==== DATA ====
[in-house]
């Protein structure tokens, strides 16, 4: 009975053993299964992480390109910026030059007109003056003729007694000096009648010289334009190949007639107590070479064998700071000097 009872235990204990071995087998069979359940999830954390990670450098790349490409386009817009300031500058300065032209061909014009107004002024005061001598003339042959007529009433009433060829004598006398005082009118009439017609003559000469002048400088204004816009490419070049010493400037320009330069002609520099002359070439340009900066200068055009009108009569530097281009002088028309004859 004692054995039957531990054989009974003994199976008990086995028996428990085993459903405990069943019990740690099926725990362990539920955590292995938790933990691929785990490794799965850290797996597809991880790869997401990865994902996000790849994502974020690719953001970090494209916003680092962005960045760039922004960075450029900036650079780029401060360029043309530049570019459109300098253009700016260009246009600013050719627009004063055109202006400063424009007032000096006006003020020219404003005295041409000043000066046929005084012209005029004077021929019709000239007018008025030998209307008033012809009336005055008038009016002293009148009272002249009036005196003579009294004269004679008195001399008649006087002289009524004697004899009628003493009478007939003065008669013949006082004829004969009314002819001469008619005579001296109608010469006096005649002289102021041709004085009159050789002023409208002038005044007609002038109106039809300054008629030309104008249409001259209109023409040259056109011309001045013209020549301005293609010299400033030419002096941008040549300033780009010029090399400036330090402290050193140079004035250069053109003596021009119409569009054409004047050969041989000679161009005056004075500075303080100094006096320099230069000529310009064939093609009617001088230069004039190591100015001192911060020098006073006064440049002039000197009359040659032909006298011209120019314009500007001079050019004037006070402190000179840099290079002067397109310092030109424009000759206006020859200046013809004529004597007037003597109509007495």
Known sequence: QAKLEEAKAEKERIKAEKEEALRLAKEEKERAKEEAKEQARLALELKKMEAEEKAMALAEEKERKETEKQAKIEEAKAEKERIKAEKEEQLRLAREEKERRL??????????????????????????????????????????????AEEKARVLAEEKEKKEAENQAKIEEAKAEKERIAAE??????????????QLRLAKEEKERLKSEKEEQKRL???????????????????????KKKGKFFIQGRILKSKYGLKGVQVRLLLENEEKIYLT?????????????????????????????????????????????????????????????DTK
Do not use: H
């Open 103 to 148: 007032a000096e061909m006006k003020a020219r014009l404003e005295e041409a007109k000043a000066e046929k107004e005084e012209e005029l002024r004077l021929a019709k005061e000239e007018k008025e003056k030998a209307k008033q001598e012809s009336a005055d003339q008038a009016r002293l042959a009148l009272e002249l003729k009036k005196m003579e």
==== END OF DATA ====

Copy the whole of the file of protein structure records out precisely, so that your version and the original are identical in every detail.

[in-house]
């Protein structure tokens, strides 16, 4: 009975053993299964992480390109910026030059007109003056003729007694000096009648010289334009190949007639107590070479064998700071000097 009872235990204990071995087998069979359940999830954390990670450098790349490409386009817009300031500058300065032209061909014009107004002024005061001598003339042959007529009433009433060829004598006398005082009118009439017609003559000469002048400088204004816009490419070049010493400037320009330069002609520099002359070439340009900066200068055009009108009569530097281009002088028309004859 004692054995039957531990054989009974003994199976008990086995028996428990085993459903405990069943019990740690099926725990362990539920955590292995938790933990691929785990490794799965850290797996597809991880790869997401990865994902996000790849994502974020690719953001970090494209916003680092962005960045760039922004960075450029900036650079780029401060360029043309530049570019459109300098253009700016260009246009600013050719627009004063055109202006400063424009007032000096006006003020020219404003005295041409000043000066046929005084012209005029004077021929019709000239007018008025030998209307008033012809009336005055008038009016002293009148009272002249009036005196003579009294004269004679008195001399008649006087002289009524004697004899009628003493009478007939003065008669013949006082004829004969009314002819001469008619005579001296109608010469006096005649002289102021041709004085009159050789002023409208002038005044007609002038109106039809300054008629030309104008249409001259209109023409040259056109011309001045013209020549301005293609010299400033030419002096941008040549300033780009010029090399400036330090402290050193140079004035250069053109003596021009119409569009054409004047050969041989000679161009005056004075500075303080100094006096320099230069000529310009064939093609009617001088230069004039190591100015001192911060020098006073006064440049002039000197009359040659032909006298011209120019314009500007001079050019004037006070402190000179840099290079002067397109310092030109424009000759206006020859200046013809004529004597007037003597109509007495």
Known sequence: QAKLEEAKAEKERIKAEKEEALRLAKEEKERAKEEAKEQARLALELKKMEAEEKAMALAEEKERKETEKQAKIEEAKAEKERIKAEKEEQLRLAREEKERRL??????????????????????????????????????????????AEEKARVLAEEKEKKEAENQAKIEEAKAEKERIAAE??????????????QLRLAKEEKERLKSEKEEQKRL???????????????????????KKKGKFFIQGRILKSKYGLKGVQVRLLLENEEKIYLT?????????????????????????????????????????????????????????????DTK
Do not use: H
């Open 103 to 148: 007032a000096e061909m006006k003020a020219r014009l404003e005295e041409a007109k000043a000066e046929k107004e005084e012209e005029l002024r004077l021929a019709k005061e000239e007018k008025e003056k030998a209307k008033q001598e012809s009336a005055d003339q008038a009016r002293l042959a009148l009272e002249l003729k009036k005196m003579e």